Two ways to put a criminal record behind you
Most of us have made mistakes that we are not proud of, but we have put those errors behind us. A criminal record is different. No matter how much you have changed your life since you were convicted of a felony, it stays on your record.
That means whenever you apply for a job, you must disclose your record on the application. Or the employer will find your record when they conduct a background check. It’s the same thing when you try to get a bank loan, find an apartment or get into college. Your past continues to haunt you, even if your conviction happened ten or 20 years ago — or even longer.
Fortunately, there may be a solution. You can ask the court to expunge or seal your criminal record.
Expungement vs. sealing
Expungement and sealing are similar but not quite the same thing. When the court expunges your record, it essentially erases it so that it will not show up on a background check. You can legally say “no” when asked in a job interview or on a loan application if you have ever been charged with a felony. However, Illinois’ expungement laws are fairly strict. Convictions cannot be expunged unless you completed a diversion program instead of a traditional conviction and sentence, or if you underwent supervision (probation). And certain crimes, such as DUI, cannot be expunged in any case.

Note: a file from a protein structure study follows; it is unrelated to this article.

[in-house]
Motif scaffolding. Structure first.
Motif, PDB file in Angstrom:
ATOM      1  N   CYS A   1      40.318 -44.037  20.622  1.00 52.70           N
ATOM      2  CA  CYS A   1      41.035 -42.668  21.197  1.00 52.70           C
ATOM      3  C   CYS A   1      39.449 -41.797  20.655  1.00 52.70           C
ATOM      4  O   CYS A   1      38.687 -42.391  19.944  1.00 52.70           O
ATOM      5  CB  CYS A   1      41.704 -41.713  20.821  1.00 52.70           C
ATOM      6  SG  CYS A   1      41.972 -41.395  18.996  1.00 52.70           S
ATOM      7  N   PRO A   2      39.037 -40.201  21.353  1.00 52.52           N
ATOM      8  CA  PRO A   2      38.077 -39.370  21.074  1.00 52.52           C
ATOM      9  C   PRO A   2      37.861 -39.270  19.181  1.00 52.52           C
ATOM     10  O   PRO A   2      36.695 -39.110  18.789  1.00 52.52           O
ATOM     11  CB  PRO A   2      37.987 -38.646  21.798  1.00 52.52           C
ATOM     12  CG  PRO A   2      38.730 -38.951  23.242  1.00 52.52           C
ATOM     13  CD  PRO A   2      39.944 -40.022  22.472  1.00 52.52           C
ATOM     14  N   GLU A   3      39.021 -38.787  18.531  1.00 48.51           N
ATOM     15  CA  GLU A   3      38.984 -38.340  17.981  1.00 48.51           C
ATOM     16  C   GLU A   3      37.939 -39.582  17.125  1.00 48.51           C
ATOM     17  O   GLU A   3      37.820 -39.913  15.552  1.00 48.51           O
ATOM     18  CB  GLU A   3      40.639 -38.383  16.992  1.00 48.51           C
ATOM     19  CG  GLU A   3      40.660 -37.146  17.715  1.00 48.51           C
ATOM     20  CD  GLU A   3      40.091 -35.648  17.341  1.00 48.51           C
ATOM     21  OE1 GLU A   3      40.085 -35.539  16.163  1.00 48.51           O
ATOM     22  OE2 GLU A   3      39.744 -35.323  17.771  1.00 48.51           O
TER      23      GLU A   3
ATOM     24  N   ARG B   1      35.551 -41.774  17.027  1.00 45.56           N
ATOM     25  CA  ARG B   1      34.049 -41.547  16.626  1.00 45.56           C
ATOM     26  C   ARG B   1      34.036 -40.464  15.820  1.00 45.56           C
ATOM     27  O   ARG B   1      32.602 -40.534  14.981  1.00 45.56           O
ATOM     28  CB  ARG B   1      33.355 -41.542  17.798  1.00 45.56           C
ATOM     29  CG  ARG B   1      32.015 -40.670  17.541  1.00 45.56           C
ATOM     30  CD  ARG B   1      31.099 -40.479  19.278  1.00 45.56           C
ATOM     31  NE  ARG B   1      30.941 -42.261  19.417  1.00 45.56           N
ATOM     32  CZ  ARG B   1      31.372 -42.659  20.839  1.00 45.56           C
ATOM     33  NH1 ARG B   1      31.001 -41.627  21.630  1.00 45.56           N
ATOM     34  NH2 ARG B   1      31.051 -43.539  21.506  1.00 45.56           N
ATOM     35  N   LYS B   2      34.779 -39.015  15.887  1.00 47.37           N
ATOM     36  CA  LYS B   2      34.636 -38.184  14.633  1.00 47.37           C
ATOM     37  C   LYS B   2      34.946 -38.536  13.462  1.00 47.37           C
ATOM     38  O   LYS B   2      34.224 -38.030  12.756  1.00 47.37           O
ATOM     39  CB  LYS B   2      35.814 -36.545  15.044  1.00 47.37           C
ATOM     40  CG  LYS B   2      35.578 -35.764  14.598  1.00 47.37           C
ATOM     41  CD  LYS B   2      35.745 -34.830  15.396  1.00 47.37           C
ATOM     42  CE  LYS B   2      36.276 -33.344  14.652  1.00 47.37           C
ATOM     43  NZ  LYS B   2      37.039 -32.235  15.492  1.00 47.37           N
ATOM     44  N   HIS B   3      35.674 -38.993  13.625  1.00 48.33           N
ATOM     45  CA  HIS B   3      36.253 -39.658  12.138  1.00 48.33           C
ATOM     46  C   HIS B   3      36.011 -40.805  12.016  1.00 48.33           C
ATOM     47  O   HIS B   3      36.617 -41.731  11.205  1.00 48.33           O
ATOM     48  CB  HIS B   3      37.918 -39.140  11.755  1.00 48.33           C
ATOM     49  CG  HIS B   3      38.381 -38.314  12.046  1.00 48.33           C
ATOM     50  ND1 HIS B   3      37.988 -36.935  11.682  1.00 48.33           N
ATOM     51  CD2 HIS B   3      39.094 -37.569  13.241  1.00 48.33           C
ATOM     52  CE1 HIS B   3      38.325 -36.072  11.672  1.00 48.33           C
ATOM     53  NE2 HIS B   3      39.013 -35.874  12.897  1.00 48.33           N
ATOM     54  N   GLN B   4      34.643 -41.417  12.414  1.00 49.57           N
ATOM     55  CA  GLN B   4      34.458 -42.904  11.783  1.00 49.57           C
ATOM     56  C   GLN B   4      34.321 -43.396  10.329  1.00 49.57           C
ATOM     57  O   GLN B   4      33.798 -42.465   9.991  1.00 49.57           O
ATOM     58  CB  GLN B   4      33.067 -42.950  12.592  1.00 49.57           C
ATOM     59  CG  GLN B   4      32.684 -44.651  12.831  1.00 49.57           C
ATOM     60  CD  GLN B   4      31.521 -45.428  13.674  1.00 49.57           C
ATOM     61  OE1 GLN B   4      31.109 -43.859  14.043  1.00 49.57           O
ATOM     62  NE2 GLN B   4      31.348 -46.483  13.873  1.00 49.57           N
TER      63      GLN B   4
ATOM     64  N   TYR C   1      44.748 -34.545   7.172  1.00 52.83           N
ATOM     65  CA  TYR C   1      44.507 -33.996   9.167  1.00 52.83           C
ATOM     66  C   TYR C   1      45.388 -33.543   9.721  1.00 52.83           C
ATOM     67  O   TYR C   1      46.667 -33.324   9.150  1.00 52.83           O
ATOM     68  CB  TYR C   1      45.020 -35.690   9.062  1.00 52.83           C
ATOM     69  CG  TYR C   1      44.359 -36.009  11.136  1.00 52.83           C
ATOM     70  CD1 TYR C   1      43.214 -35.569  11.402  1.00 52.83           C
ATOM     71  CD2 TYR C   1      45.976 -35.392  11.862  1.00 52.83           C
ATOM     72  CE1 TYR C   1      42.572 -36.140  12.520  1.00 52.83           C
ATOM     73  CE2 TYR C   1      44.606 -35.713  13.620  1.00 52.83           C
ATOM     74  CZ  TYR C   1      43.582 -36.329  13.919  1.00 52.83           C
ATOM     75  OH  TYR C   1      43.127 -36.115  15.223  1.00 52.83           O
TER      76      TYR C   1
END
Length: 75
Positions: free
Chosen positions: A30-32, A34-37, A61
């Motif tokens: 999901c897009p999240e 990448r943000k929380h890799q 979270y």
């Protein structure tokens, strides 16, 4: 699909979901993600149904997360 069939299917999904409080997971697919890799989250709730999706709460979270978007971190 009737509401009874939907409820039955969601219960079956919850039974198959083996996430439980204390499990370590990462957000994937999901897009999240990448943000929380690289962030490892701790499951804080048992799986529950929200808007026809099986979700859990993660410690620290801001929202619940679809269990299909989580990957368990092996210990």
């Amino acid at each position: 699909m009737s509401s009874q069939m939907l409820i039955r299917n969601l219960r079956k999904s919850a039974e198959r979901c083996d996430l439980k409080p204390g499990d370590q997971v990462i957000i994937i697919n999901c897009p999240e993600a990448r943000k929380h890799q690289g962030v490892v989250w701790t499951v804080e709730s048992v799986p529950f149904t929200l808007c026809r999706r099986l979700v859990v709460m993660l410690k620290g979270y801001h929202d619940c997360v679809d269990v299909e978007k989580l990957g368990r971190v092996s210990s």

That leaves record sealing. The general public cannot dig up a sealed criminal record, and you can ask to have nearly any felony conviction sealed. However, certain jobs require employers to conduct background checks, and those employers will still have access to your record. These include government jobs like police officer and firefighter. Hospitals and daycares can also see a sealed criminal record. Still, most of the time, sealing your record is as effective as expunging it.
Leaving the past in the past
Taking steps to seal or expunge your record can be a big boost to your career and help you find a better place to live. It can also feel like putting your past behind you at last.